“It’s become obvious for some time that we need to take matters into our own hands,” said Dan Newman, spokesman for the Proposition 57 campaign. “If we don’t come up with a proactive solution then we risk having the federal courts mandate the arbitrary release of prisoners, which is in nobody’s best interest.”
Newman said that Proposition 57 will not allow the sudden release of thousands of inmates, and that authority over early releases remains with the state’s parole board.
California’s parole board consists of 12 full-time commissioners appointed by the governor and a group of deputy commissioners.
Opponents have attacked Proposition 57 with a series of advertisements portraying a flood of recently released inmates into California neighborhoods. The “meet your new neighbor” cards warn Californians that if Proposition 57 is approved, stranglers, rapists and child molesters could be “coming soon!”
Schubert and more than 50 California district attorneys have aligned against the measure, calling it poorly written and a danger to public safety. Schubert says perpetrators of violent crimes such as rape of the unconscious, assault with a deadly weapon and domestic violence could theoretically be paroled under Proposition 57.
“The claim that they’re only going to release nonviolent felons is deceitful,” Schubert said. “It’s disgraceful to victims because they will no longer have any assurance as to how much time their offender will be incarcerated.”
Laurie Kubicek, criminal justice professor at California State University, Sacramento, agrees that the measure’s ambiguous language could make certain rape and other sex crimes parole-eligible. She says Proposition 57 does not explicitly mention what crimes will be considered nonviolent. Turning to the state penal code for clarification, Kubicek said: “If I look at that exhaustive list of what’s violent, then anything that’s not on that list is nonviolent.”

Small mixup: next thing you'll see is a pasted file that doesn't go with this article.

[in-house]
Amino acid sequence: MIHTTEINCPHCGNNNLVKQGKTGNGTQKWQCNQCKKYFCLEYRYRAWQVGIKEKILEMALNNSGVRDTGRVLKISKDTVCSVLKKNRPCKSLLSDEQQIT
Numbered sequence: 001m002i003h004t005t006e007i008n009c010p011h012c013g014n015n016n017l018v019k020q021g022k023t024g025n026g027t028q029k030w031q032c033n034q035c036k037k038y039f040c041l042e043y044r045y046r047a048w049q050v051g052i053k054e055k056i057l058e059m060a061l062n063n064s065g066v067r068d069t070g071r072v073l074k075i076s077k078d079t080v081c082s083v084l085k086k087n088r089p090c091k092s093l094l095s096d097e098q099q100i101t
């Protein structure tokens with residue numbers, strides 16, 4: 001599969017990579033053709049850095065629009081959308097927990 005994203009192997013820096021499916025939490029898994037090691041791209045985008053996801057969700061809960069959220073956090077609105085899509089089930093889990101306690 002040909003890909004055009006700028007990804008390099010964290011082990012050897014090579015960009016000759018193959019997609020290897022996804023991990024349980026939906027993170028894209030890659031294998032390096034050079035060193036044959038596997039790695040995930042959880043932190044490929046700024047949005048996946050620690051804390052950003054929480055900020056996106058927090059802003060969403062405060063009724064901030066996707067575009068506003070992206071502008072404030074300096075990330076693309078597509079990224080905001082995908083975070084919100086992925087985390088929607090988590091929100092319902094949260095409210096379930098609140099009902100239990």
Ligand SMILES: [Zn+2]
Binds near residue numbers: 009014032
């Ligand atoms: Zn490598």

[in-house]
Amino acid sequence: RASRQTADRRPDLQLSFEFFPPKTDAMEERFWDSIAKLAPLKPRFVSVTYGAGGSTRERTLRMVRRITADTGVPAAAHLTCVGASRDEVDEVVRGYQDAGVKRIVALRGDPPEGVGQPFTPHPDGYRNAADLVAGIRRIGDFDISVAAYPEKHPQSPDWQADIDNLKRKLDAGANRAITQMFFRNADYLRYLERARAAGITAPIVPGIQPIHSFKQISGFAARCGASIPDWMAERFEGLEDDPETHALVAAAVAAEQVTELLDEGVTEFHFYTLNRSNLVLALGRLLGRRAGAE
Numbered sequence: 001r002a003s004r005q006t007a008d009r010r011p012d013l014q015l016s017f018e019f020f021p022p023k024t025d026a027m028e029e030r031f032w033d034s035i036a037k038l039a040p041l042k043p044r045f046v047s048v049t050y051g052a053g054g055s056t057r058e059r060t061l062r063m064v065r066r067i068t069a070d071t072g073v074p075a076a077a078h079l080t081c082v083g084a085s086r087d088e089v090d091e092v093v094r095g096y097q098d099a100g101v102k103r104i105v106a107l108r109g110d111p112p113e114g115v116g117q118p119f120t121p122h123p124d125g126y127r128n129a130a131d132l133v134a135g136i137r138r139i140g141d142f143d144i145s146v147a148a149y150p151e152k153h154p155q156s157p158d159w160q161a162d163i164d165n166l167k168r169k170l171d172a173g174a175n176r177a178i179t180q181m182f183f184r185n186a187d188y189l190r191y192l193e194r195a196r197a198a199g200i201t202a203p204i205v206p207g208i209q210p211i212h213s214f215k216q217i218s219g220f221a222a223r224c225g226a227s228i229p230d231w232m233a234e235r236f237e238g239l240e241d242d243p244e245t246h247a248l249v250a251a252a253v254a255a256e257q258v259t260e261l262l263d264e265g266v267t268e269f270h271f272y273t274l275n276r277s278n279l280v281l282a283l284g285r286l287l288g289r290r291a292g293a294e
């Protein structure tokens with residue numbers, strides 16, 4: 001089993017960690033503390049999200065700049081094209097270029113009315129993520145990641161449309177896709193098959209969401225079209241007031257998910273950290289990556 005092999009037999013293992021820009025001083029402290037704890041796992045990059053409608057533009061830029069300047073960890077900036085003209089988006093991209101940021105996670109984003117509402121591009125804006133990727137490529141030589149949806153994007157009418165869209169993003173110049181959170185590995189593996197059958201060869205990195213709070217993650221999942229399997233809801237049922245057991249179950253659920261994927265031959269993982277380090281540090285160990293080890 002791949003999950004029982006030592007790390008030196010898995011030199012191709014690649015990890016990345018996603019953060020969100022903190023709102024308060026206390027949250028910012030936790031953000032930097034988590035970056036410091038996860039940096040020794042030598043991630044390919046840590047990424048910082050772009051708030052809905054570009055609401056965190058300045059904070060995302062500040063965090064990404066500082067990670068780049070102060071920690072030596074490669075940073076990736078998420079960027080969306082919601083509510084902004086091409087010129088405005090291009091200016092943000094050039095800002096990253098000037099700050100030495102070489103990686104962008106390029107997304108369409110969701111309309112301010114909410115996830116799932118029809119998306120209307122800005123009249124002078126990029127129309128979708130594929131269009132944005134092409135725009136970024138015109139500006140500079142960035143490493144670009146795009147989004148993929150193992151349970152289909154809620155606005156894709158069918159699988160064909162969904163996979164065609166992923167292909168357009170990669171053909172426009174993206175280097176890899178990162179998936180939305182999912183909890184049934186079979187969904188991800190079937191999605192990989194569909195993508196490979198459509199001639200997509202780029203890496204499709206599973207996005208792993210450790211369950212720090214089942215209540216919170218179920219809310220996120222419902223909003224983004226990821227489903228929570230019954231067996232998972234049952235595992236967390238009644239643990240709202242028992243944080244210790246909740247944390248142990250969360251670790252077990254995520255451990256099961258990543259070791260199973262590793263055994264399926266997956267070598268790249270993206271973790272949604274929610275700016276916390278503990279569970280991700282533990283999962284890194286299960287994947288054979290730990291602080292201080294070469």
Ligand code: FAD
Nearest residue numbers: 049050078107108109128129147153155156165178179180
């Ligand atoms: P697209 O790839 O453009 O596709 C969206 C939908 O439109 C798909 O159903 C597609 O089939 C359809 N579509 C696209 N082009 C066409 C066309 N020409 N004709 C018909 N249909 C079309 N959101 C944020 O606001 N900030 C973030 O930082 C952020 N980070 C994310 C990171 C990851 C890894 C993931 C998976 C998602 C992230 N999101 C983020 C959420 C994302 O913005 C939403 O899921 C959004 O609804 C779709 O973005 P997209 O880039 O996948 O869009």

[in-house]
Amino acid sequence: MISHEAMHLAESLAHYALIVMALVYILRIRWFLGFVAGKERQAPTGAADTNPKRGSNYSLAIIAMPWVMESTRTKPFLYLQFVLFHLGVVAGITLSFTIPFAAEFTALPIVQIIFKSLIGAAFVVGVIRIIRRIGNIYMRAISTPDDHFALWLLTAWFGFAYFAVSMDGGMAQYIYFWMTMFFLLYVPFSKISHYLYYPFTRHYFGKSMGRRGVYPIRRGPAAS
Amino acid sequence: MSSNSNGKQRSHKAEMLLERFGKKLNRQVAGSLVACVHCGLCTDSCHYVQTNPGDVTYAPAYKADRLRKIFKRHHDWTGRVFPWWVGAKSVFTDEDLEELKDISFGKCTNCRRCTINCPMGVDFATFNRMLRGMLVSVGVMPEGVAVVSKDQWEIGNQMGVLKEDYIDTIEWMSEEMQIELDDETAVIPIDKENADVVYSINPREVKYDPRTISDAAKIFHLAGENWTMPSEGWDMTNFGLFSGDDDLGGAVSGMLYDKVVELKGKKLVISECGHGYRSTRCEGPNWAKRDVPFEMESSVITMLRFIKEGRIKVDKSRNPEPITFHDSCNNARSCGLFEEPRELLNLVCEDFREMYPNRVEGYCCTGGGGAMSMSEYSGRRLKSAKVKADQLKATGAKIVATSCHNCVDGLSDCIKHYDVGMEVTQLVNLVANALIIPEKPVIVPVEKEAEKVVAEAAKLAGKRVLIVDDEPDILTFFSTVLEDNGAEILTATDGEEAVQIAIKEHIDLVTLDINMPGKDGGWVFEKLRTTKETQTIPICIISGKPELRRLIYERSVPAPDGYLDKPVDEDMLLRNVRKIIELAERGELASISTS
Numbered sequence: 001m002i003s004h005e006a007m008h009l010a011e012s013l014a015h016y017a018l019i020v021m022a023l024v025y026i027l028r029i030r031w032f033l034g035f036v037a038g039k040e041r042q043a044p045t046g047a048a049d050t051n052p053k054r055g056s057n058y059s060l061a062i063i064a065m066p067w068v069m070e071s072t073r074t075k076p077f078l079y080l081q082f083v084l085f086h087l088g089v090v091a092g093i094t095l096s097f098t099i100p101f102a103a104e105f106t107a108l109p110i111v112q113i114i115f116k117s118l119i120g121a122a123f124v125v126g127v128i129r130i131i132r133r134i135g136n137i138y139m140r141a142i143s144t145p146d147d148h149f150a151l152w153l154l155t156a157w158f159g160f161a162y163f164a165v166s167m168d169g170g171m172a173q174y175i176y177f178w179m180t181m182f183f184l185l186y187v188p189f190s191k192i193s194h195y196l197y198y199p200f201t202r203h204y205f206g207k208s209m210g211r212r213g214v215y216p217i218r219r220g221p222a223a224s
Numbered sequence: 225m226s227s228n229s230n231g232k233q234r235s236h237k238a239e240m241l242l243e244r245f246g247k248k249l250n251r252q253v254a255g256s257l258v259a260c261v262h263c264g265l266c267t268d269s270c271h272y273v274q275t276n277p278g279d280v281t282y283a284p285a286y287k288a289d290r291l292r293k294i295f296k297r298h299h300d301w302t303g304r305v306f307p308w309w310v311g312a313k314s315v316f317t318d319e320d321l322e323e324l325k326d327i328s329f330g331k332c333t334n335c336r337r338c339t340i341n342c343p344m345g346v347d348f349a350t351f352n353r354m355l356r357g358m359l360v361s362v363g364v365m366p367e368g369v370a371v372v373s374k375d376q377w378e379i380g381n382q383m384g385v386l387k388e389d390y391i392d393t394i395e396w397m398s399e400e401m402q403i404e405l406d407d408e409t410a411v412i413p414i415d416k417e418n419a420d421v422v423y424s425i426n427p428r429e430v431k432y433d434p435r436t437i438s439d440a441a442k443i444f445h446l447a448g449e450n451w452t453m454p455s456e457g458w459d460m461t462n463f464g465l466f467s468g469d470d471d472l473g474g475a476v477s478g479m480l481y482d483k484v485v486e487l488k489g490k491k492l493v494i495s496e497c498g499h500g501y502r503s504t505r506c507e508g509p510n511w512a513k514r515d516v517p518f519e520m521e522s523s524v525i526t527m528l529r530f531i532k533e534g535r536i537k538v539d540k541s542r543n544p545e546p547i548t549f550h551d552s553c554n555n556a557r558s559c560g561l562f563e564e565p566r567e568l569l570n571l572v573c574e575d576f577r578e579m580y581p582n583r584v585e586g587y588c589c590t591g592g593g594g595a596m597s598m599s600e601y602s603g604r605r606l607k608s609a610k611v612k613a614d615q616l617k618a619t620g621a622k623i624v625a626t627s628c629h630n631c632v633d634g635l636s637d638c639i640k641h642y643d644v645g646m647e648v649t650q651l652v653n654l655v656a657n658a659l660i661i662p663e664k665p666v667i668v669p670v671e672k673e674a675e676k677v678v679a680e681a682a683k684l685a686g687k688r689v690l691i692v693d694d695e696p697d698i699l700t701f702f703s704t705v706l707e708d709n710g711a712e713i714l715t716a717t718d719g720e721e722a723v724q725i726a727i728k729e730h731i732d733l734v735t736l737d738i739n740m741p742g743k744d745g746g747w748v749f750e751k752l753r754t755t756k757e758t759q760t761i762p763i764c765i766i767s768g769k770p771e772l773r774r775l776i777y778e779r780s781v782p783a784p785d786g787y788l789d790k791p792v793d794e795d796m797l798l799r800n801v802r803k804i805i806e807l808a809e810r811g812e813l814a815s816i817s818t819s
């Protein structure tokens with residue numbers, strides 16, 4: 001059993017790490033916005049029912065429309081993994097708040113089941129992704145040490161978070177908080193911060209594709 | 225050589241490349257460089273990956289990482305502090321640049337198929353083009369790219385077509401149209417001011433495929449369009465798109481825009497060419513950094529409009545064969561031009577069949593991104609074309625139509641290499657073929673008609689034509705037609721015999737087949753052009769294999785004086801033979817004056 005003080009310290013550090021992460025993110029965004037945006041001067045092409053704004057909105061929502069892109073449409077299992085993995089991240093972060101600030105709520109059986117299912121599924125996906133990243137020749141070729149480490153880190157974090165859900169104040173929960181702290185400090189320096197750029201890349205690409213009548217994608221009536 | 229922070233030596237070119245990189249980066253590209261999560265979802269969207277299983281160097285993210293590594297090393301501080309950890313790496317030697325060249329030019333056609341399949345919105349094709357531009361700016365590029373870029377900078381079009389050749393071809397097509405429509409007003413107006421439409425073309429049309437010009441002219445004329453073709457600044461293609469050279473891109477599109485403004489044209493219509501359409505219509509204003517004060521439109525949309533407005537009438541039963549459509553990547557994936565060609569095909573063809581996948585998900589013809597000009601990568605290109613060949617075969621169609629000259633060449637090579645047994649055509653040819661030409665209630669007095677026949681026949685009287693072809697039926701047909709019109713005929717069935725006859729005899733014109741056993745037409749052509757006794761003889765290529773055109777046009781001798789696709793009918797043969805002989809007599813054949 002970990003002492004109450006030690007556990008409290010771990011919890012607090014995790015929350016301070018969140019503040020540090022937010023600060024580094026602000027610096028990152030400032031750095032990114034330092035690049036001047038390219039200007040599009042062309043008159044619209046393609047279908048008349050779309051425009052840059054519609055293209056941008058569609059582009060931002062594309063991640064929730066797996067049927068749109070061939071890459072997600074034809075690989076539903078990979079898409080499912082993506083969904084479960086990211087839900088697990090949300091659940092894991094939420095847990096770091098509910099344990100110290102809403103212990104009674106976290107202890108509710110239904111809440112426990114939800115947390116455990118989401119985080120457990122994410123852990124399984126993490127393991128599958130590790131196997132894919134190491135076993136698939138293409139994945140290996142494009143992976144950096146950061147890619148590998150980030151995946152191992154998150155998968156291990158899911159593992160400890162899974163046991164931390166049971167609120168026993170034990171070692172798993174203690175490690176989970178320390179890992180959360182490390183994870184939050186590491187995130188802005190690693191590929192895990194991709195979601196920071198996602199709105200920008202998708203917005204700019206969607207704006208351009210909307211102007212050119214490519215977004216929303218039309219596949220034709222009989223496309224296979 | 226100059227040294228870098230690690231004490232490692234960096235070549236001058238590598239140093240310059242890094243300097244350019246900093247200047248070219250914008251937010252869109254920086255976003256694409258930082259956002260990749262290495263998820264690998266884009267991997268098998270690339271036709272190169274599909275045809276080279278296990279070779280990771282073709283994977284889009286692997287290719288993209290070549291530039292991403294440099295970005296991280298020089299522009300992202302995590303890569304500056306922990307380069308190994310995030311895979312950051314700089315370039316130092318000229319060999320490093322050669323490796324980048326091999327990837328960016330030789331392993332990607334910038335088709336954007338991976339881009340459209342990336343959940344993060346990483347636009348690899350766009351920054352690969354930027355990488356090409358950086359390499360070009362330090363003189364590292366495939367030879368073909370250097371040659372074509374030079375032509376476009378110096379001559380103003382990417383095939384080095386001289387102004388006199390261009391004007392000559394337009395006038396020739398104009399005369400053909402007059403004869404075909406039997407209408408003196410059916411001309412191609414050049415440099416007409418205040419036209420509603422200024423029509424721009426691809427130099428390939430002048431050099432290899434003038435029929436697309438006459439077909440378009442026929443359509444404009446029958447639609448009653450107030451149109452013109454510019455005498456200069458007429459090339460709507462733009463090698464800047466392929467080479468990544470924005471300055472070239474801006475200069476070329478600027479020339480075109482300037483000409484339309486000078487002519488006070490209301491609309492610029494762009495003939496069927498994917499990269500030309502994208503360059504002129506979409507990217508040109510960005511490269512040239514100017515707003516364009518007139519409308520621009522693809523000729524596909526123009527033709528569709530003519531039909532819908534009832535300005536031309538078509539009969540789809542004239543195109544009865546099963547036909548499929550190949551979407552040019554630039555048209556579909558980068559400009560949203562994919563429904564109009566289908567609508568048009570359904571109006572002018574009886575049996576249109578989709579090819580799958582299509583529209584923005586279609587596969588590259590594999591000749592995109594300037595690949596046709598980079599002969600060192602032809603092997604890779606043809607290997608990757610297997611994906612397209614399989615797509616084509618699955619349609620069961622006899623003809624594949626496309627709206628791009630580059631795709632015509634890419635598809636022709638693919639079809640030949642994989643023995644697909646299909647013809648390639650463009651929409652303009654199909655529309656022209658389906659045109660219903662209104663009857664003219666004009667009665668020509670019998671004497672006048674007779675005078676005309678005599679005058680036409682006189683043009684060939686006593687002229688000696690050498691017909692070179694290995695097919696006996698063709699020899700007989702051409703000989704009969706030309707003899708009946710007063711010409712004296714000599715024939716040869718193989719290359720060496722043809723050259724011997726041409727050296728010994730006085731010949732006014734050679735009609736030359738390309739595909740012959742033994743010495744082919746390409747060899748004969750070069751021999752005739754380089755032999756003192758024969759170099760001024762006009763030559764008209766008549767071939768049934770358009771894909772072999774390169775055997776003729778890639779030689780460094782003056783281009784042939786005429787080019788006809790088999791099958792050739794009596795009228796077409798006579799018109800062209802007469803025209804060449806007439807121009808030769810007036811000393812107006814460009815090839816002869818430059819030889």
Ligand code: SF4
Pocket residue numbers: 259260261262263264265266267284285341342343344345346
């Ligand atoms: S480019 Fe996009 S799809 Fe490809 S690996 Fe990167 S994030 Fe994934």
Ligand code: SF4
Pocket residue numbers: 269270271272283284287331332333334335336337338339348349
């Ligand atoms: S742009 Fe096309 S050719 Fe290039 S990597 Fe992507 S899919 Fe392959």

Kubicek studied California’s three-strikes law, penal code section 667.5 (c), and concluded that some voters may be “surprised” at what could be considered nonviolent under Proposition 57.
“If I were to walk you through what’s not considered violent under Proposition 57, it would sort of blow your mind,” Kubicek said. “We have a bunch of sex crimes that are not covered as violent offenses that are absolutely going to be early-parolable offenses if this passes.”
The Proposition 57 campaign calls the opponents’ ads “disingenuous” and says that most violent sex crimes are automatically excluded from parole consideration because of a federal court order.
“I believe the opponents know that,” Newman said, citing the Supreme Court’s 2011 decision on California’s prison overcrowding.
Kubicek rejected Newman’s argument, after studying the language of the proposition.
“Unless you specify in this language that you want to exempt Megan’s Law registrants or certain sex offenders, it is not by design done just because there is an existing federal court order that’s in another context,” she said.
As in most California political skirmishes, money will play a major role in Proposition 57’s fate at the ballot box. Brown’s deep war chest and the Yes on 57 committee have contributed nearly $8 million in support of the measure while the opponents have raised just $242,000.
Proposition 57 backers include billionaire environmentalist and rumored 2018 Democratic gubernatorial candidate Tom Steyer, the American Civil Liberties Union, the California Democratic Party and a host of retired state judges. The Los Angeles Times and the San Francisco Chronicle have also endorsed Brown’s measure.
Opponents of the criminal justice reform consist of mostly public servants, mainly district attorneys and law enforcement groups. The California Assembly Republican Caucus also opposes Proposition 57, as does the California Police Chiefs Association.
Schubert acknowledged that the opposition faces an uphill battle against Proposition 57, one of 17 measures on the statewide ballot.
“Those of us on the No side are public servants; we’re not politicians,” Schubert said of the disparity in fundraising. “It’s like David and Goliath and you’ve got a governor that has a war chest of $25 million or whatever it is, but we’re going to fight the fight.”